ID Proofing systems compare the image in an ID card to a selfie image to validate a person’s identity.
Most ID Proofers do not develop their own face recognition algorithm. It is enough work already to build robust ID validation software compliant with security requirements for the financial industry and large enterprises. Instead, ID Proofers can easily integrate a third-party face recognition SDK to cover this piece of the puzzle.
ID Proofing systems typically have the following requirements in a recognition SDK:
- Highly accurate on “selfie” images, which are characterized by:
- Pitch variations
- Inconsistent illumination
- Lens distortion
- Highly accurate on scanned ID card photos, which are characterized by:
- Printer artifacts
- Time lapse
- Robust anti-spoof (liveness validation) using generic sensors (e.g., front facing cameras)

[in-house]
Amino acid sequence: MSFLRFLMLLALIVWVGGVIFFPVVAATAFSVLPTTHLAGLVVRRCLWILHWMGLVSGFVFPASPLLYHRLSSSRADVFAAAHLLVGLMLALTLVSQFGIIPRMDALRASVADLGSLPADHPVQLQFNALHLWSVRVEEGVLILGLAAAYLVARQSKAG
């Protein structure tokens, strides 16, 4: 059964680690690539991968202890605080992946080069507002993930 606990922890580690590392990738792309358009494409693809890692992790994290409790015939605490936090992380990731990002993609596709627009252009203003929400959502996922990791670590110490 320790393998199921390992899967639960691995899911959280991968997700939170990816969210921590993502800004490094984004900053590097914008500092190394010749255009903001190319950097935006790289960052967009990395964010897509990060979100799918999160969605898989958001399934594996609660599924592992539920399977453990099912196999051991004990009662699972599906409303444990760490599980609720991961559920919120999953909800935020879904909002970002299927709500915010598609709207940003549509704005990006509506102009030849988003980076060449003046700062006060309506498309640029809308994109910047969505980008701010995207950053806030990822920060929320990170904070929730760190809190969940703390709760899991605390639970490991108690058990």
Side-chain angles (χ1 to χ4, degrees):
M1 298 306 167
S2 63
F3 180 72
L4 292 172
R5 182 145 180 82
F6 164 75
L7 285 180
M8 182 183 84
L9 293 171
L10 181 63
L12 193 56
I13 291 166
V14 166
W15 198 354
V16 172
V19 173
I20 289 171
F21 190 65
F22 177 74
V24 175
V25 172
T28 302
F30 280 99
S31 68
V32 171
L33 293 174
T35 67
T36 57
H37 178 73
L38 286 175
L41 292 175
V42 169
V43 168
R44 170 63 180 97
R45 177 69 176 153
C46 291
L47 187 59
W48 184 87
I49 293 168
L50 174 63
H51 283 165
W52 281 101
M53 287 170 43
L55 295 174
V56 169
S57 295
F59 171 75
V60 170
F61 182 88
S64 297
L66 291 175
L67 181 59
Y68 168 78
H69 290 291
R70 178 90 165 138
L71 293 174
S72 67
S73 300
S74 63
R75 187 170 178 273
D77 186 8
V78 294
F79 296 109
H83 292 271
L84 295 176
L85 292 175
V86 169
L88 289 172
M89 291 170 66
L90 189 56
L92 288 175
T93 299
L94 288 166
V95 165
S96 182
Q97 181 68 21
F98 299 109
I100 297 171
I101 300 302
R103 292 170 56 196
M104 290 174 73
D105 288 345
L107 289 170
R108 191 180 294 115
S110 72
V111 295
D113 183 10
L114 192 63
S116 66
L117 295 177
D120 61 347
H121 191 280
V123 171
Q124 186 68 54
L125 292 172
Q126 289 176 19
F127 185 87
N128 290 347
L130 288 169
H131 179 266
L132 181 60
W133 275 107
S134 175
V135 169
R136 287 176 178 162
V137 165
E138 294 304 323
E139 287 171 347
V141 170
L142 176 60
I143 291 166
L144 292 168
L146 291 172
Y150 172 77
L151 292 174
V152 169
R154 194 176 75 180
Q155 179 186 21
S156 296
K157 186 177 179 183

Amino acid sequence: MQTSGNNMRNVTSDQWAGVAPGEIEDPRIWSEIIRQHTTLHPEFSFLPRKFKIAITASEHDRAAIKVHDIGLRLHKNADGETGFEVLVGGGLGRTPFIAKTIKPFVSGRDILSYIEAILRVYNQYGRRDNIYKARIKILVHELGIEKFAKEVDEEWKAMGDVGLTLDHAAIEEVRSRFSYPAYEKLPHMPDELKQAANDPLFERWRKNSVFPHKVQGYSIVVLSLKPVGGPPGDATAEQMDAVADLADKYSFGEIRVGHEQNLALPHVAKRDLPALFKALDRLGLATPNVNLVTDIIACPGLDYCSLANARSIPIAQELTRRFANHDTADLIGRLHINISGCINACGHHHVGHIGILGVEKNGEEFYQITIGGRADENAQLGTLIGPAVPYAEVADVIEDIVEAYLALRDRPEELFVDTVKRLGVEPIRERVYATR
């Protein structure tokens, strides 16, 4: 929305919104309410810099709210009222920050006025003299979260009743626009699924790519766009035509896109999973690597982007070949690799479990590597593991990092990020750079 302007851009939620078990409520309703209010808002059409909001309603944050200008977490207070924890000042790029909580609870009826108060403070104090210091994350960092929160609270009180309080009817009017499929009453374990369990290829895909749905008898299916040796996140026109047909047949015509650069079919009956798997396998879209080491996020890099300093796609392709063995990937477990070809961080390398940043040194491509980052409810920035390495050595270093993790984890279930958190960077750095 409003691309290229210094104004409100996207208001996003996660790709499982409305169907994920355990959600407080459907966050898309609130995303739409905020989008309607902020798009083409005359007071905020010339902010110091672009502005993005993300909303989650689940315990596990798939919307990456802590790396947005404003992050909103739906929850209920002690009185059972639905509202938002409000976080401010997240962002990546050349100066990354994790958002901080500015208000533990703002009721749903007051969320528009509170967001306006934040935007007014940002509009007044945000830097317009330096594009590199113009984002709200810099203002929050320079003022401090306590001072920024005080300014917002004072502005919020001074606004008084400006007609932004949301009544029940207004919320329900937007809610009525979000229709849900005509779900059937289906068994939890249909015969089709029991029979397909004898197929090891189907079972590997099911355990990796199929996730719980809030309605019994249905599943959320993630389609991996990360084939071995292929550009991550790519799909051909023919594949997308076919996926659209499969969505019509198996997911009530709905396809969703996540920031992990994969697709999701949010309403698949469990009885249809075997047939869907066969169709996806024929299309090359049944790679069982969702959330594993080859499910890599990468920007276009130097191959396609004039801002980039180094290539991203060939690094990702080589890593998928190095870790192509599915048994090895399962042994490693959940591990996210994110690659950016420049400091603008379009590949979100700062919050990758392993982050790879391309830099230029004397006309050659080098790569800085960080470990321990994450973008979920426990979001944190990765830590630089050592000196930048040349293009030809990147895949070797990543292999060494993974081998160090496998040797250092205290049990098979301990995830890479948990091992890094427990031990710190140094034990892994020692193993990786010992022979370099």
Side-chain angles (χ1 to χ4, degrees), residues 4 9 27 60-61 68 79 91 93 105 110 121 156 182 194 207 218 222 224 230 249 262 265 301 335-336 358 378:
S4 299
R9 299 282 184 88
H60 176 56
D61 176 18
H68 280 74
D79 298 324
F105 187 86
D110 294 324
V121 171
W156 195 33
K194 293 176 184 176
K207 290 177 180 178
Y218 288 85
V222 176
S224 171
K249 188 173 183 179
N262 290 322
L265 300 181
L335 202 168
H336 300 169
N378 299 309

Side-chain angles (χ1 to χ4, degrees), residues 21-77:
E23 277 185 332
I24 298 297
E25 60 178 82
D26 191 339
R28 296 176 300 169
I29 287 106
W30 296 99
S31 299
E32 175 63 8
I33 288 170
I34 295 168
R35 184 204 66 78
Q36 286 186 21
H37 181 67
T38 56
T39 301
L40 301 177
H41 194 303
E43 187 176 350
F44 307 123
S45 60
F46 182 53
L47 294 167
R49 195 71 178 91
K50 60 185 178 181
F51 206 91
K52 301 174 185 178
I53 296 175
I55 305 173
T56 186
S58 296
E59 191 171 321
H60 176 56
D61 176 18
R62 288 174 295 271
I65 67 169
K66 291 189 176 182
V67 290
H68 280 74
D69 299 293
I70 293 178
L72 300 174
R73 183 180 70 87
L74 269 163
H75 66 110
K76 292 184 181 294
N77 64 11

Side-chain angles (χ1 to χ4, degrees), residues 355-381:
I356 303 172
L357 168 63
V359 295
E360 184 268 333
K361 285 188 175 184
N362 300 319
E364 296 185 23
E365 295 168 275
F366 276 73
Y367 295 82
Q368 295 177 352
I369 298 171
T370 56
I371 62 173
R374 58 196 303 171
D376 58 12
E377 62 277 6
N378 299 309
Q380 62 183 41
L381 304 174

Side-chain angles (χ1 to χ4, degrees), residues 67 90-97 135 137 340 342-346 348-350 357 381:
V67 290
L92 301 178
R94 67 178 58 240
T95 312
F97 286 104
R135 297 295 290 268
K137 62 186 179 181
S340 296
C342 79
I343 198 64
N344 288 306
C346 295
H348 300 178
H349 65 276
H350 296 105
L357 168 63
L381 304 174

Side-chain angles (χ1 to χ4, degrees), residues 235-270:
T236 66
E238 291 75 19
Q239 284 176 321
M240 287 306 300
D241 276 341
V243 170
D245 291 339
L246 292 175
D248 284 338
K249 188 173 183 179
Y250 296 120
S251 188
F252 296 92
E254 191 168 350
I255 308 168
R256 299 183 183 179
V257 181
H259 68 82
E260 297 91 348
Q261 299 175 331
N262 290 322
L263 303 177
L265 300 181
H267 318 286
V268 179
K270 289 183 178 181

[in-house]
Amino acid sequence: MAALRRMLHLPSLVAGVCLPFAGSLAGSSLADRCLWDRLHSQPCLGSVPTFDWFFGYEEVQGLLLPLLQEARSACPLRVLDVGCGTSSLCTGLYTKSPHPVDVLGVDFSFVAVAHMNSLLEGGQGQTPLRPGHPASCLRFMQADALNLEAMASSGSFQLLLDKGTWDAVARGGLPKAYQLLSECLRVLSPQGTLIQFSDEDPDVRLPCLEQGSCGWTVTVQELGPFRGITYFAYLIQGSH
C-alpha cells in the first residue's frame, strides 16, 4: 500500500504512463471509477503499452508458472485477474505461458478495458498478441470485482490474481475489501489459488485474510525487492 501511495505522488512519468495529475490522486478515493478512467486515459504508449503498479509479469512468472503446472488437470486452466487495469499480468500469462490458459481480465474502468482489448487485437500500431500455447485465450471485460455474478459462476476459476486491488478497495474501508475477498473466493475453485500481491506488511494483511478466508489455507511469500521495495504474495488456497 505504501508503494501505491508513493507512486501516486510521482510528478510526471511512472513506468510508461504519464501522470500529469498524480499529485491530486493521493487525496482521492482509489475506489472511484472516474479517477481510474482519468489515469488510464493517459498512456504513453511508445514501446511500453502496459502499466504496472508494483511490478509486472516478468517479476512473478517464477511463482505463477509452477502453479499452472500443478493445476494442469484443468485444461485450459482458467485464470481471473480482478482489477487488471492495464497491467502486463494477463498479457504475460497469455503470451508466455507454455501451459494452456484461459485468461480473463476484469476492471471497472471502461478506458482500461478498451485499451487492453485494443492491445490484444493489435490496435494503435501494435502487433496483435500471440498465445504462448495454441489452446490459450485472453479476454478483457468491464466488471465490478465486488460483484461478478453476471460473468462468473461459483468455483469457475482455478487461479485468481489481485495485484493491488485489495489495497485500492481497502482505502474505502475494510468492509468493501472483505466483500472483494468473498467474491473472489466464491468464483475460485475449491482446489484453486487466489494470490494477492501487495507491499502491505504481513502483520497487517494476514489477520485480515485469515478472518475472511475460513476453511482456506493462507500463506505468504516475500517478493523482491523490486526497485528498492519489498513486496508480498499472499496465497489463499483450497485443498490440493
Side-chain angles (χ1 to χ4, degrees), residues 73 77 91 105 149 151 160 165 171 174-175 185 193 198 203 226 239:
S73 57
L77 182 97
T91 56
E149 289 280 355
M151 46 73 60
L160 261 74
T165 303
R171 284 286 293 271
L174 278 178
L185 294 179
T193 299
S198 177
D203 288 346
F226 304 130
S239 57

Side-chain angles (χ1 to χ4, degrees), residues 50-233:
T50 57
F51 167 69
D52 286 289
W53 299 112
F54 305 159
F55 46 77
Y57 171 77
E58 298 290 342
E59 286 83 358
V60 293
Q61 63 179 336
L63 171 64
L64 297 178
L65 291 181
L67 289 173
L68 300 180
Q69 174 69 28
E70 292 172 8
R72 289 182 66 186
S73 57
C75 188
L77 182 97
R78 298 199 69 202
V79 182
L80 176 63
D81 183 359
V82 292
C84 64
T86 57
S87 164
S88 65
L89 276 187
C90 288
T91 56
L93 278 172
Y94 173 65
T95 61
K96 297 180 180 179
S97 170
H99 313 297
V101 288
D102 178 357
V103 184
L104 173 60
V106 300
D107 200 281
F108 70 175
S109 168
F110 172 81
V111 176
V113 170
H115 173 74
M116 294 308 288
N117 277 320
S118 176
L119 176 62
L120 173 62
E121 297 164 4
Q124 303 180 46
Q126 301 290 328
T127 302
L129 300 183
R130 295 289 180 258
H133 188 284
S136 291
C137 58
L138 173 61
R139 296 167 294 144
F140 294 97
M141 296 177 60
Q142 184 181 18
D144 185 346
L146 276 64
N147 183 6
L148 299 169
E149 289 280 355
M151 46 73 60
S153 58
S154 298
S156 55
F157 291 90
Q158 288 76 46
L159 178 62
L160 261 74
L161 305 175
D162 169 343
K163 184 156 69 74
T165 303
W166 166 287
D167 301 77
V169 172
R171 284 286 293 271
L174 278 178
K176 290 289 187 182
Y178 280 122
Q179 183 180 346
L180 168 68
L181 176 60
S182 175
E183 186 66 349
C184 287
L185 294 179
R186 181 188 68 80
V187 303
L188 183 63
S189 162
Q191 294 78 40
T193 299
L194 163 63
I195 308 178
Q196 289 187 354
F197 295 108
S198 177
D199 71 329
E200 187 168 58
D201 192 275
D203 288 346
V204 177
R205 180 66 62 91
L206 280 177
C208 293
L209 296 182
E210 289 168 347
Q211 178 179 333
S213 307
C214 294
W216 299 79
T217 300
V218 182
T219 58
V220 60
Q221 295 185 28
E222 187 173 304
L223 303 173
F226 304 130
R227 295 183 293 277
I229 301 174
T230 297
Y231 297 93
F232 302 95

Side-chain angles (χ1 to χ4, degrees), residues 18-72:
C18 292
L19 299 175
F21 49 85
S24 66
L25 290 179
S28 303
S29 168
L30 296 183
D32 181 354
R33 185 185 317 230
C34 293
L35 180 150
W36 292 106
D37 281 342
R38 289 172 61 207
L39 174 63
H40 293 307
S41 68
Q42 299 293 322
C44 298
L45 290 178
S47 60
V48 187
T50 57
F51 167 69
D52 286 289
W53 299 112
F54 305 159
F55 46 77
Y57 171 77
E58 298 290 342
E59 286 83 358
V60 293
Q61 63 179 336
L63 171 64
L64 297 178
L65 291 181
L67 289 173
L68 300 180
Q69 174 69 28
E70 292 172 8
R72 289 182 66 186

Whether it is in airports, stadiums, or other critical infrastructure, a tremendous amount of human labor is spent screening persons passing through various checkpoints. This process is both costly, and error prone as humans are not very good at performing “unfamiliar” face recognition, and the other-race effect is generally more prominent in humans than machines.
As the accuracy and speed of automated algorithms continue to improve, it is increasingly realistic to automatically identify persons passing through controlled checkpoints. These systems are intended to be run by security officials, with alerts typically examined by a human operator. Focusing human operators on only the exceptional identification cases reduces examiner fatigue and increases checkpoint throughput.